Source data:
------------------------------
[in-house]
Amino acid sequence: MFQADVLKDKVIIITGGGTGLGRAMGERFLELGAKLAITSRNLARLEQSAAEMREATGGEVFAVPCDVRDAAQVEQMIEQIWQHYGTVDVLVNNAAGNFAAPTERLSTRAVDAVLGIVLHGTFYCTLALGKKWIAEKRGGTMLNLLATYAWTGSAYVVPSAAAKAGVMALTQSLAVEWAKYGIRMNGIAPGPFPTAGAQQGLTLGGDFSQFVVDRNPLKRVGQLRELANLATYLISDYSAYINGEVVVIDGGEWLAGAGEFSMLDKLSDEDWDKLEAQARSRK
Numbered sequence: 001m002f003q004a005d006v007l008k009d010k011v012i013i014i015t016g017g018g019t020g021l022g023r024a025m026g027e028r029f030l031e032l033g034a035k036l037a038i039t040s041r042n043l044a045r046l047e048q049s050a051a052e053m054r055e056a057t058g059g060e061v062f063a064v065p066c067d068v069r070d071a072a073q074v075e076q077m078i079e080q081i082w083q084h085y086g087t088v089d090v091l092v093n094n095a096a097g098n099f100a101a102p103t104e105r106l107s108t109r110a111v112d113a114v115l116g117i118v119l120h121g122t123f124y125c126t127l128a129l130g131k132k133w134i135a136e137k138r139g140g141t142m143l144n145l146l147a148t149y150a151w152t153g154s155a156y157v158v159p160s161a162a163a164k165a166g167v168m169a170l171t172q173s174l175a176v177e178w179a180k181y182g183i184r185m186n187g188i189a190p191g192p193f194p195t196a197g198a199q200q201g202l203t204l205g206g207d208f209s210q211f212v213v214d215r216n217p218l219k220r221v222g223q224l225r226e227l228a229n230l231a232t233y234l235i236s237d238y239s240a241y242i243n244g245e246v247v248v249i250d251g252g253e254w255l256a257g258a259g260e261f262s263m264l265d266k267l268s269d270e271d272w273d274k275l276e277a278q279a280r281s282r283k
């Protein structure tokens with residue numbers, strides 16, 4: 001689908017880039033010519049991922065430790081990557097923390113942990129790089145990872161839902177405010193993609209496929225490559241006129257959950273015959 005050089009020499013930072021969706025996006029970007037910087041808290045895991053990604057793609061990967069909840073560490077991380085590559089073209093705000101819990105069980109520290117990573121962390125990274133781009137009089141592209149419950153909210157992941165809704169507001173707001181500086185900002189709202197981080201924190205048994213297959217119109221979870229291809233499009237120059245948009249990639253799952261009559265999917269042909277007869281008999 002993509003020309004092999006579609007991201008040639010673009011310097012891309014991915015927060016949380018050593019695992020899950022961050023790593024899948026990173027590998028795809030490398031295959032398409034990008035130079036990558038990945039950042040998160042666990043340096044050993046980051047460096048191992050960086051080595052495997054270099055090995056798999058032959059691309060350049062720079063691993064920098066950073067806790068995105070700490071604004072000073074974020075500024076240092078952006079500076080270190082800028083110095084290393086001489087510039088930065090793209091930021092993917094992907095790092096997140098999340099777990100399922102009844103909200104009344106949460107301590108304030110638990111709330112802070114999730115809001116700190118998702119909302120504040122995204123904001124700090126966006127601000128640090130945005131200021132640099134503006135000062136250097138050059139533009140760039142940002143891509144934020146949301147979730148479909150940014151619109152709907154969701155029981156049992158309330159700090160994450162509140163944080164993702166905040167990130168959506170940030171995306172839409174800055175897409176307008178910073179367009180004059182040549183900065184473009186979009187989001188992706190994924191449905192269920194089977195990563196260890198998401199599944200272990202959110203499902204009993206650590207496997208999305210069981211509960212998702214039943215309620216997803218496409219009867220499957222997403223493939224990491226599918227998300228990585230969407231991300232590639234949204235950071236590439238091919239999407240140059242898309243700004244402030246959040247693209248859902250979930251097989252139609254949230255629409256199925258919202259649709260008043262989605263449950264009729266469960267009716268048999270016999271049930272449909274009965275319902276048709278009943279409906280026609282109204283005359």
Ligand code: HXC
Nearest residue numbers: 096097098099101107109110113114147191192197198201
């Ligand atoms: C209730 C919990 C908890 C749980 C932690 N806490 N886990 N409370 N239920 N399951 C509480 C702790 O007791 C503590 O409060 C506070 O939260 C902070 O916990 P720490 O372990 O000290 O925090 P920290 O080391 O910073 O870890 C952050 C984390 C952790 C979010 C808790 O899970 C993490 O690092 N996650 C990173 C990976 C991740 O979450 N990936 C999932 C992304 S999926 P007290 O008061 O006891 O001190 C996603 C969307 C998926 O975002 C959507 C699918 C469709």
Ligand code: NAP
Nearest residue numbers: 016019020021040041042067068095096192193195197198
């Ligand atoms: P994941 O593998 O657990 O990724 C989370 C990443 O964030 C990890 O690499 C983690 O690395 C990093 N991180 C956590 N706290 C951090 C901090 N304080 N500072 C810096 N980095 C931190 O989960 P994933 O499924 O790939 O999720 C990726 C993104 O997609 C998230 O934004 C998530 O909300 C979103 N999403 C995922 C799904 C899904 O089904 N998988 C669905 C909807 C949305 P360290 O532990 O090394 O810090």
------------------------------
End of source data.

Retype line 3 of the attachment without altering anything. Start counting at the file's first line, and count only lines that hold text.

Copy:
Numbered sequence: 001m002f003q004a005d006v007l008k009d010k011v012i013i014i015t016g017g018g019t020g021l022g023r024a025m026g027e028r029f030l031e032l033g034a035k036l037a038i039t040s041r042n043l044a045r046l047e048q049s050a051a052e053m054r055e056a057t058g059g060e061v062f063a064v065p066c067d068v069r070d071a072a073q074v075e076q077m078i079e080q081i082w083q084h085y086g087t088v089d090v091l092v093n094n095a096a097g098n099f100a101a102p103t104e105r106l107s108t109r110a111v112d113a114v115l116g117i118v119l120h121g122t123f124y125c126t127l128a129l130g131k132k133w134i135a136e137k138r139g140g141t142m143l144n145l146l147a148t149y150a151w152t153g154s155a156y157v158v159p160s161a162a163a164k165a166g167v168m169a170l171t172q173s174l175a176v177e178w179a180k181y182g183i184r185m186n187g188i189a190p191g192p193f194p195t196a197g198a199q200q201g202l203t204l205g206g207d208f209s210q211f212v213v214d215r216n217p218l219k220r221v222g223q224l225r226e227l228a229n230l231a232t233y234l235i236s237d238y239s240a241y242i243n244g245e246v247v248v249i250d251g252g253e254w255l256a257g258a259g260e261f262s263m264l265d266k267l268s269d270e271d272w273d274k275l276e277a278q279a280r281s282r283k